This article was originally published on 1 February 2021 and updated to reflect the revised vaccination guidelines.
In January 2021, the Ministry of Health (MOH) announced the vaccine injury financial assistance programme (VIFAP) to provide financial assistance for affected persons in the rare event of serious side effects that are assessed to be related to COVID-19 vaccines administered in Singapore.
To be clear, MOH has stated that it is introducing this programme to give greater peace of mind for those in Singapore who choose to take the vaccination, and not because taking the vaccination may cause serious side effects. Similar to other vaccinations that we take, whether as children or adults, any vaccinations can cause side effects.
As shared by the Health Science Authority (HSA), among more than 113,000 individuals who have received the Pfizer-BioNTech vaccine, there were 432 adverse event reports of side effects. Most of these reports were for regular symptoms such as injection site pain and swelling, fever, headache, fatigue, body aches, giddiness, nausea and allergic reactions (such as itch, rash, swelling of eyes/lip). These symptoms generally resolved on their own within a few days.
There were 3 cases of individuals, in their 20s and 30s, who reported anaphylaxis (rapid onset of severe allergic reactions). Symptoms developed were rash, breathlessness, lip swelling, throat tightness and giddiness. These were quickly resolved by healthcare professionals.
Severe allergic reactions could include eye, mouth, or facial swelling, difficulty in breathing and/or a fall in blood pressure. Anyone who develops anaphylaxis to the first dose of COVID-19 vaccine should not receive the second dose.
As MOH also highlighted in their media release, “the benefits of getting vaccinated to protect oneself from the effects of severe COVID-19 disease and its complications far outweigh the risk of any potential adverse events known to be associated with vaccination.”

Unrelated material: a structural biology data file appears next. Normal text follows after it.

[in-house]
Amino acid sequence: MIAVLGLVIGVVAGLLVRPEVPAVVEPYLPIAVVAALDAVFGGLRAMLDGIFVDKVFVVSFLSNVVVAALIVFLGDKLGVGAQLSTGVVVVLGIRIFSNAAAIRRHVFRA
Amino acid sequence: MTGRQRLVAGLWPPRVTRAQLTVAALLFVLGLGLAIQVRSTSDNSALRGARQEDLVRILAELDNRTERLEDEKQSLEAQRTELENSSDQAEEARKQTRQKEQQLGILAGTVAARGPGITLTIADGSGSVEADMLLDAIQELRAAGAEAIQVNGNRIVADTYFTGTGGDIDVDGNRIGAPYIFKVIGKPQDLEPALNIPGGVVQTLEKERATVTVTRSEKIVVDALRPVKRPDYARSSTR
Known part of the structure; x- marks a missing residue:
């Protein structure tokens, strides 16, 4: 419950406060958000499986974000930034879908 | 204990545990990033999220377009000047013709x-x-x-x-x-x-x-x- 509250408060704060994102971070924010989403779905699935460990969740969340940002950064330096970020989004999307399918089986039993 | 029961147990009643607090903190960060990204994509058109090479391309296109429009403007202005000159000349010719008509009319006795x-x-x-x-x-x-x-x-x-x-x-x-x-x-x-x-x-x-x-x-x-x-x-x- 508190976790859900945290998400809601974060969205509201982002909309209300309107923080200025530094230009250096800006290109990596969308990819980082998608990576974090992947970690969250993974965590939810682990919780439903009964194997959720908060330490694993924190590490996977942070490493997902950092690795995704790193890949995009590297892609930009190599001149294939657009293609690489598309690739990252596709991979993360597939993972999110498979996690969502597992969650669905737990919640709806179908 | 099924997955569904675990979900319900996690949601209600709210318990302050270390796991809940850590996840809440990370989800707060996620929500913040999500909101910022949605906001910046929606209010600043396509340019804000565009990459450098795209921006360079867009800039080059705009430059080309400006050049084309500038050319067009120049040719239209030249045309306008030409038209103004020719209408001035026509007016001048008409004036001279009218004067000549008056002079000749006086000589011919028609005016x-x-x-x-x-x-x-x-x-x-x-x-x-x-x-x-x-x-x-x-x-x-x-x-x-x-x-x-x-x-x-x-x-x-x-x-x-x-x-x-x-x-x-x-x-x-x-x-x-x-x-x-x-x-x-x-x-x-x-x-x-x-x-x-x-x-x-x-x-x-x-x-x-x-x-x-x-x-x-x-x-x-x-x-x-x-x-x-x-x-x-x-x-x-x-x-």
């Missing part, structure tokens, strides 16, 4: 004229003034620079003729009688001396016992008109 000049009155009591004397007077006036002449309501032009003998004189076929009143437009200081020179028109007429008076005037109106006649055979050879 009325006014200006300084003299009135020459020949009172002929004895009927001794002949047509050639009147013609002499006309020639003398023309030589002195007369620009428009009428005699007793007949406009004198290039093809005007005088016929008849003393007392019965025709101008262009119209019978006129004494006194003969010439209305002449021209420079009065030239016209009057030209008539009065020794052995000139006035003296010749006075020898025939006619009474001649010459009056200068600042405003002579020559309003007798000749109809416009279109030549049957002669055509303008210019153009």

As of 3 May 2021, 30 cases out of 104 applications have received financial assistance under the scheme.
What The Vaccine Injury Financial Assistance Programme (VIFAP) Covers Us For?
The vaccine injury financial assistance programme (VIFAP) provides us on three levels of coverage.
#1 A one-time pay-out of $225,000 will be provided to an individual who dies or suffers permanent severe disability as a result of COVID-19 vaccination.
#2 A one-time pay-out of up to $10,000 will be provided to an eligible individual who is hospitalised requiring care in the High Dependency or Intensive Care Unit but subsequently recovers from medically significant serious side effects; and
#3 A one-time pay-out of $2,000 will be provided to an individual who requires inpatient hospitalisation and medical intervention, with subsequent recovery (excluding observation in A&E, without subsequent inpatient admission or medical intervention)
Who Is Covered Under The Vaccine Injury Financial Assistance Programme (VIFAP)?
To qualify for the vaccine injury financial assistance programme (VIFAP), individuals must be Singapore Citizen, Permanent Resident or long-term pass holder who has received an approved COVID-19 vaccination in Singapore. Also, the side effects have to be serious that is potentially life-threatening or fatal and requires hospitalisation or has caused persistent incapacity or disability. The serious side effects must be assessed by a doctor to be linked to the individual’s COVID-19 vaccination.
For VIFAP application, MOH has appointed an independent clinical panel comprising experts in relevant fields such as neurology, immunology and infectious diseases to assess and VIFAP applications.
As of 31 May 2021 Multi-Ministry Taskforce (MTF) press conference, the vaccination recommendations for various groups are being reviewed. While previously not recommended for 1) pregnant women, 2) severely immunocompromised persons, and 3)children under the age of 16 years for now, these guidelines are revised.
Students will be vaccinated from 1 June 2021 onwards, with priority to students sitting for their O, N and A level examinations as well as special needs students. Pregnant women and breastfeeding women are also able to be vaccinated. Cancer patients on active treatment can be vaccinated, but should do so in a hospital setting, after assessment by their treating specialists on their suitability for the vaccine.
The vaccination guidelines are still being reviewed for those with a history of anaphylaxis or severe allergic reactions to receive the COVID-19 vaccine.